Omnitrition vs Isagenix

Here’s where Isagenix gets to say, ‘Look, she likes us.’ Um, no. I do not but in the matchup of Isagenix vs Omnitrition, I have no choice but to declare Isagenix the victor. Do not misunderstand. Isagenix The IsaLean Shake, the cornerstone of the Isagenix weight loss program, is not all it’s cracked up to be. In fact it has added sugars, artificial ingredients and preservatives and Isagenix admits it cannot say whether or not its ingredients are genetically modified because that process is too costly, laborious, cumbersome and adds, the government’s procedures need revision. (If only we could all do that! You know, go to DMV and suggest they re-vamp their process and we’ll adhere when we think it’s more streamlined. Oh, brother. What an excuse).

Omnitrition vs HCG

I find it ironic, don’t you, that despite the fact that human chorionic gonadotropin (hCG) is illegal, diets bearing its name, and with hCG as an ingredient, exist and are used by perhaps thousands of people? When we’re comparing the hCG Diet vs Omnitrition, we’re talking about essentially the same thing. So what is human chorionic gonadotropin? As it’s name spells out, it’s a human hormone and is approved as a drug by the Food and Drug Administration (FDA) to treat female infertility. Though the FDA (and the Federal Trade Commission; FTC) have warned supplement manufacturers not to use the substance, that hasn’t stopped some. But I have a theory that the amount of hCG in these diet supplements may be very very small as to be almost undetectable and that’s one way they get away with it. Maybe it’s a placebo but when used, as it is supposed to be, in conjunction with a VLCD of say 500, or even 700 calories a day, it’s the extreme (and dangerous) calorie restriction that’s responsible for the weight loss. I could be wrong though, absolutely. Regardless; if it says hCG is an ingredient in your diet pills, steer clear. So I am forced to choose Omnitrition over the hCG Diet because there are some not-so-objectionable ingredients found in their drops like mega doses of vitamin B, which may be okay especially if you have a B deficiency (in which case you’re better off having your physician decide if you’d benefit from prescribed injections) you don’t need it and it doesn’t do anything for weight loss.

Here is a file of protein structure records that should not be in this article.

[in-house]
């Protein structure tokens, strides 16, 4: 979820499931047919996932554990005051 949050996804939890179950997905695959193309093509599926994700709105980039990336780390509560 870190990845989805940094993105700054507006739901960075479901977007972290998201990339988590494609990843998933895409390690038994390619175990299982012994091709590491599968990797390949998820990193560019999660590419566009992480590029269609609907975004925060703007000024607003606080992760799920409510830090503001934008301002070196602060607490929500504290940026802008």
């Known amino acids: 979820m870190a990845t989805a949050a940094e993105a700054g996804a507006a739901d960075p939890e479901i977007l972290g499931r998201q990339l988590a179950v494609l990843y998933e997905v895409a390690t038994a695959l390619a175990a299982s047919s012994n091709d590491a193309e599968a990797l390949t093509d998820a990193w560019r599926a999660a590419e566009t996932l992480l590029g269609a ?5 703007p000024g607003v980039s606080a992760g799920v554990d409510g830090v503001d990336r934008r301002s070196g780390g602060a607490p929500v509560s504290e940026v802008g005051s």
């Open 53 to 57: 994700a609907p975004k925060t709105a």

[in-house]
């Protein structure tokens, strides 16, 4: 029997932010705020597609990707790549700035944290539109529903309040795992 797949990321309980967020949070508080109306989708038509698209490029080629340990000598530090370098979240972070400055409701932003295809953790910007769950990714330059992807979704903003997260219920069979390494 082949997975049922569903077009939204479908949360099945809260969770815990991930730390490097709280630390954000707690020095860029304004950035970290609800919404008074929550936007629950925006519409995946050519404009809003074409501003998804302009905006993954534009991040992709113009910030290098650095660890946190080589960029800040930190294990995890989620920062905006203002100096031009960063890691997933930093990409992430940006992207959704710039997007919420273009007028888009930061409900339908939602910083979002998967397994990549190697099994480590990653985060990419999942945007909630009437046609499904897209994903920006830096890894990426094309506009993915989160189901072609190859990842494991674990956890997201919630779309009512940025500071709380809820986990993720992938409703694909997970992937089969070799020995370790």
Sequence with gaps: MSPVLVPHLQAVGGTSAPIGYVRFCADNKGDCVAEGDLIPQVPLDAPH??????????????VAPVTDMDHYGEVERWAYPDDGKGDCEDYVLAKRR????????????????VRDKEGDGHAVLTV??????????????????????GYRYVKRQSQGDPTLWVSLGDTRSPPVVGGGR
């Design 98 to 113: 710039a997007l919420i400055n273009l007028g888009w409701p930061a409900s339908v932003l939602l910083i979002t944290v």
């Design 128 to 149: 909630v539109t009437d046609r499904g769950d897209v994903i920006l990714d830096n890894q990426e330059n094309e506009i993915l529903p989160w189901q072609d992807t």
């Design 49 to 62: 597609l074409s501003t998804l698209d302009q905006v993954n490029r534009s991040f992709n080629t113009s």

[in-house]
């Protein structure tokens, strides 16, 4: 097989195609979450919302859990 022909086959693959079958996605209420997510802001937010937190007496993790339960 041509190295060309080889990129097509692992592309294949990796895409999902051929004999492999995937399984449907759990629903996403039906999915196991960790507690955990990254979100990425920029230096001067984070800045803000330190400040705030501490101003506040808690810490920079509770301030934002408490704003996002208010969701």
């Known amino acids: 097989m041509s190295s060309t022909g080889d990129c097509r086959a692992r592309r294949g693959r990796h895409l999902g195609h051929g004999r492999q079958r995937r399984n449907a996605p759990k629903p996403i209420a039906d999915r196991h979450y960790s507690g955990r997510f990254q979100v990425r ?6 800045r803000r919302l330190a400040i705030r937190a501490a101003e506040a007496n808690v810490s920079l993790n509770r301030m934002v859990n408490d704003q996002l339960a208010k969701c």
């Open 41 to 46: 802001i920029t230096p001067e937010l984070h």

Omnitrition vs Herbalife

Herbalife is the granddaddy of multi-level marketing (MLM) nutritional supplements, or at least the grandfather’s first cousin. I am one of those Herbalife naysayers, I admit at the outset. But in the Herbalife vs Omnitrition war, Herbalife wins by a microscopic hair. But only because of history and it’s recent grade of B from the Better Business Bureau (BBB). I’ll tell you why they are just a terrible company though in a minute. Omnitrition is also a MLM. Maybe an even far less attractive one than most. I’m ready to have tomatoes and mean words hurled at me by distributors, but I stand firm. The marketing material alone is enough to make you take a step back. And with an F rating from the BBB, that’s another step back. Is this the stuff you want to take to lose weight? To sell to family and friends and neighbors and co-workers? To be fair, there are three good reviews about the company that were just very recently posted on the BBB site. Distributors is my guess. Now, Herbalife has been around for almost 40 years. So it’s doing something right apparently. Um, hold on. Last year, Herbalife was ordered to pay $200 million to it’s victims, those being the people who signed on to sell for Herbalife and got completely ripped off. It’s a pyramid scheme people! That’s what multi-level marketing businesses are all about and why I’m always ranting. There’s no way you can ever earn what the people at the top of the pyramid make. Never. And they are making their millions off of the people at the bottom rung. The Federal Trade Commission (FTC) sued Herbalife and won on behalf of thousands of people who were deceived by Herbalife. So while I chose them as the winner, please, don’t even bother. Herbalife’s weight loss supplements are worthless. Stay tuned for a much much better option. (Oh, and by the way, as an aside, Omnitrition was founded by a couple of former Herbalife sales guys. Makes you go, hmmm.)